Message for the Week from Rabbi Stein
A Good Night's Sleep
Rabbi Jay M. SteinWednesday, April 4, 2018 at 10:00:00 am
Mishna Avot 3:4
R. HANINA B. HAKINAI SAID: HE WHO KEEPS AWAKE AT NIGHT, AND HE WHO WALKS ON THE WAY ALONE AND MAKES ROOM IN HIS HEART FOR THAT WHICH IS FUTILE, LO, THIS [MAN] INCURS GUILT [EXPIABLE] BY HIS LIFE.
As a child, who after a long, great day at sleep-a-way camp, gets into bed and discovers, for the first time, he is homesick, so too, we can get distracted by the events of the day. Sometimes it takes the quiet of our bedroom to get in touch with our inner thoughts. This can be an important exercise in self-evaluation. Each of us needs time away from the tumult of life to evaluate our priorities and to look in the mirror. Regularly, we encounter people who give us advice and consul. Some give their perspective with the best of intentions while others’ motivations are less sincere. Either way, the image of self is a bit distorted.
A life with input from others can be imprecise. We can easily loose perspective and find ourselves in a vortex of self-doubt, confusion and even anxiety. For some, there is no choice, sleep does not come. Those people wrestle all night long with doubts and insecurities and need professional help. But for many, there comes a time when they make a choice to sleep or to stay awake. Says our Mishna, we each need a good nights sleep in order to function properly. We need to make sure that when the insecurities of nighttime begin to creep into our heads, we tune them out and get some rest. Our Mishna teaches that we are social beings who need each other to live; but we also need a good night’s sleep!
Friday 7th Day of Passover
Sermon: God Hurled Both Driver and Horse
Shabbat 8th Day of Passover Yizkor
PowerStart What Is Oppressive Labor
Sermon: Future Redemption
No FinishStrong (We will limp to the end of the Holiday)
Rabbi Jay M. SteinWednesday, April 4, 2018 at 12:00:00 am
May this holiday awaken within you a renewed sense of freedom and joy. May you feel energized to work on behalf those in the world suffering from scarcity and violence. May we learn effective ways to share the spiritual wealth found deeply inside all of us.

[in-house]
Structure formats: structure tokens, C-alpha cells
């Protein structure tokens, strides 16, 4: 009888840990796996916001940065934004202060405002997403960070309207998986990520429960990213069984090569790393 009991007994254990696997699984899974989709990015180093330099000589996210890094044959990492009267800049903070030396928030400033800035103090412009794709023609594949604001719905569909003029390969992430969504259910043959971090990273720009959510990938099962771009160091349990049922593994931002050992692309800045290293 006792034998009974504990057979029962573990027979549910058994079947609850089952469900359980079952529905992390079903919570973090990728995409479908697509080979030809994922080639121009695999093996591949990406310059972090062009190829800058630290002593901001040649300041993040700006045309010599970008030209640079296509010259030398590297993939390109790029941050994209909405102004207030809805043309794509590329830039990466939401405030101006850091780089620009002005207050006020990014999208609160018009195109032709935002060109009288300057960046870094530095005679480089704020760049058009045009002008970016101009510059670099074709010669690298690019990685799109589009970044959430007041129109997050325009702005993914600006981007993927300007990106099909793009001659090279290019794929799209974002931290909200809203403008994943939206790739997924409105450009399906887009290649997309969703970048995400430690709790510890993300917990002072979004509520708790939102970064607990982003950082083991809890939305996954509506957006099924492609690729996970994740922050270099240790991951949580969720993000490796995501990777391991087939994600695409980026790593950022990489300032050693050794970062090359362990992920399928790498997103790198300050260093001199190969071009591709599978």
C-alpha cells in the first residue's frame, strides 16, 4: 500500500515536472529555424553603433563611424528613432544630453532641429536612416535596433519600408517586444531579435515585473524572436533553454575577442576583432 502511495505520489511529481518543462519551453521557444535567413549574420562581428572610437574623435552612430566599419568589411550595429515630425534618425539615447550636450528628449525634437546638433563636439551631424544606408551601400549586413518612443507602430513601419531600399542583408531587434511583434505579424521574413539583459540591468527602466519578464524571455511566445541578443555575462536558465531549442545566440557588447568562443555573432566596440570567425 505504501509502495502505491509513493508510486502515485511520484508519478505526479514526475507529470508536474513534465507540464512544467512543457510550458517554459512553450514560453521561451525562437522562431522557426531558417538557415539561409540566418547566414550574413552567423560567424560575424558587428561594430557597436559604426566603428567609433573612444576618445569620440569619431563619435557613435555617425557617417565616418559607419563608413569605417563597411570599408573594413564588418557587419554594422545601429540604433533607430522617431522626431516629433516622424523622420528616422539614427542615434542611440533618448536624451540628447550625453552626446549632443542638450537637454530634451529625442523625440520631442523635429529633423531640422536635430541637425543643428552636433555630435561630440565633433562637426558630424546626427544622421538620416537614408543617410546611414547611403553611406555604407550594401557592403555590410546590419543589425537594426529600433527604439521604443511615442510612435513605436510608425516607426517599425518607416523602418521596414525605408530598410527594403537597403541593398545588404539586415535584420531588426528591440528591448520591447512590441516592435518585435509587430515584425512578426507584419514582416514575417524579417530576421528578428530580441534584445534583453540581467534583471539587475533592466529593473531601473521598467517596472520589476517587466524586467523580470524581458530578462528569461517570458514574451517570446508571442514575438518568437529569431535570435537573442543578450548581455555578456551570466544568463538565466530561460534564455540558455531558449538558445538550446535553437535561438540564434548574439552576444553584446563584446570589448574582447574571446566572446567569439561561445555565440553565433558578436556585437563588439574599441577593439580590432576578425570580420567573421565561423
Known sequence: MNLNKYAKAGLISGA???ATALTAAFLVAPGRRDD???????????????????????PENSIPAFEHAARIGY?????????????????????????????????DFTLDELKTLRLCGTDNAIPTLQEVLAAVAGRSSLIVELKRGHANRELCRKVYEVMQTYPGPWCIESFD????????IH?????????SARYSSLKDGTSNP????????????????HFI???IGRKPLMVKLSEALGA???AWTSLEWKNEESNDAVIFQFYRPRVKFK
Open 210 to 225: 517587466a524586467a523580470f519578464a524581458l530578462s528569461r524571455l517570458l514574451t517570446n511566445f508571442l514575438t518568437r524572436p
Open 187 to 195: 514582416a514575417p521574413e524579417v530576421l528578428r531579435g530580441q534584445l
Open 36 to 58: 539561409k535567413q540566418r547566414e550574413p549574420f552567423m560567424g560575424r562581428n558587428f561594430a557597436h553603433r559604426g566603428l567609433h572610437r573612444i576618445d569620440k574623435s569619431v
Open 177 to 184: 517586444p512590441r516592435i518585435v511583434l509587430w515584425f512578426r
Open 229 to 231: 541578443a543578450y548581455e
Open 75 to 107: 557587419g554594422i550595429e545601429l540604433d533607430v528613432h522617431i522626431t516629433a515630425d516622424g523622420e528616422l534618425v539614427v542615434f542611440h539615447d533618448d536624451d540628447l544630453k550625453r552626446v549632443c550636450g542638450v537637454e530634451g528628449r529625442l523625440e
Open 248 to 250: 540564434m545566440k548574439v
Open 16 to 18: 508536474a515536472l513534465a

If you have room at your table for a couple of people, please let me know ASAP. There are still a few people in our community who do not have a place to go.
Please enjoy this Passover greeting by clicking on the link below. As always I thank Michael Billig and his team for making this video so beautiful.
(If this link doesn't work, just cut and paste it into your browser.)
On behalf of my wife, Sharon Cantor Leuchter, Hal and myself to wish you a happy and healthy Passover.
Rabbi Jay M. SteinThursday, March 15, 2018 at 12:00:00 am
Mishna Avot 3:2
HANINA, THE VICE-HIGH PRIEST, SAID: PRAY FOR THE WELFARE OF THE GOVERNMENT, FOR WERE IT NOT FOR THE FEAR THEREOF, ONE MAN WOULD SWALLOW UP ALIVE HIS FELLOW-MAN.
Social responsibility is at the core of our value system. Care of one another is one of the most basic principles in Judaism. The welfare of the community takes precedence over the single person. This concept, though essential to our national survival is at odds with our modern sensibilities that places the individual at the center of our priorities.
Our Mishna teaches us that we must think of others. We must pray for others. The responsibility of leaders is great. Much rests on their shoulders. The very idea of government rests on the idea that there are those charged with the care of the common good. Those people find themselves is a difficult place of trying to please so many and they need our prayers.
Every Shabbat morning we say the words, “Our God and God of our ancestors: We ask your blessings for our country, for its government, for its leaders and advisors, and for all who exercise just and rightful authority.” In that prayer we give language to the hope that they are inspired by our tradition to do what is best and serve a noble cause.
Maybe God hear our prayers and the prayers of all, for life and for peace.